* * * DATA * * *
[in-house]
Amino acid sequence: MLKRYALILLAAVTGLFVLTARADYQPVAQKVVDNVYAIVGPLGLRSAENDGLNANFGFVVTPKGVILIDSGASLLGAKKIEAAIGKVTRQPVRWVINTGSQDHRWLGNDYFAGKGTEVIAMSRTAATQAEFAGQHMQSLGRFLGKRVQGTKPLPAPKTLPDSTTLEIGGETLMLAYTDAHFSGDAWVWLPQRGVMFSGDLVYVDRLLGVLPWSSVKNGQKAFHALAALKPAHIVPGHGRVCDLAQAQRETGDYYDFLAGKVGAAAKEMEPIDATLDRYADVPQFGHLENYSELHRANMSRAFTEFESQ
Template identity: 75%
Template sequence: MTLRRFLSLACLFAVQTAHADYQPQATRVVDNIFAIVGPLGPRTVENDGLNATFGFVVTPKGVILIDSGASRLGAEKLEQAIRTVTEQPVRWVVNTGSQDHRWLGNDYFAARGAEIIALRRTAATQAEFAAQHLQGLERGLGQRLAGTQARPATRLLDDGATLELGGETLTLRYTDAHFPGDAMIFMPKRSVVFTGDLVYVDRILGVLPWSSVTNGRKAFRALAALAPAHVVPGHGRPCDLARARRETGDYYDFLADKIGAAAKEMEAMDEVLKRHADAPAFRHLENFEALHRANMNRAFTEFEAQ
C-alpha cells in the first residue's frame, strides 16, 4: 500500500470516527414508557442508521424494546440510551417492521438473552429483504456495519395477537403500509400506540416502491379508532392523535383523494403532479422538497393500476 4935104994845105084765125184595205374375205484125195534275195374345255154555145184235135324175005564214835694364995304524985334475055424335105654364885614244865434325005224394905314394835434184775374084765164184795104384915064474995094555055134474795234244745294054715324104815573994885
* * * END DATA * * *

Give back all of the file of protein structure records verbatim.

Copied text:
[in-house]
Amino acid sequence: MLKRYALILLAAVTGLFVLTARADYQPVAQKVVDNVYAIVGPLGLRSAENDGLNANFGFVVTPKGVILIDSGASLLGAKKIEAAIGKVTRQPVRWVINTGSQDHRWLGNDYFAGKGTEVIAMSRTAATQAEFAGQHMQSLGRFLGKRVQGTKPLPAPKTLPDSTTLEIGGETLMLAYTDAHFSGDAWVWLPQRGVMFSGDLVYVDRLLGVLPWSSVKNGQKAFHALAALKPAHIVPGHGRVCDLAQAQRETGDYYDFLAGKVGAAAKEMEPIDATLDRYADVPQFGHLENYSELHRANMSRAFTEFESQ
Template identity: 75%
Template sequence: MTLRRFLSLACLFAVQTAHADYQPQATRVVDNIFAIVGPLGPRTVENDGLNATFGFVVTPKGVILIDSGASRLGAEKLEQAIRTVTEQPVRWVVNTGSQDHRWLGNDYFAARGAEIIALRRTAATQAEFAAQHLQGLERGLGQRLAGTQARPATRLLDDGATLELGGETLTLRYTDAHFPGDAMIFMPKRSVVFTGDLVYVDRILGVLPWSSVTNGRKAFRALAALAPAHVVPGHGRPCDLARARRETGDYYDFLADKIGAAAKEMEAMDEVLKRHADAPAFRHLENFEALHRANMNRAFTEFEAQ
C-alpha cells in the first residue's frame, strides 16, 4: 500500500470516527414508557442508521424494546440510551417492521438473552429483504456495519395477537403500509400506540416502491379508532392523535383523494403532479422538497393500476 4935104994845105084765125184595205374375205484125195534275195374345255154555145184235135324175005564214835694364995304524985334475055424335105654364885614244865434325005224394905314394835434184775374084765164184795104384915064474995094555055134474795234244745294054715324104815573994885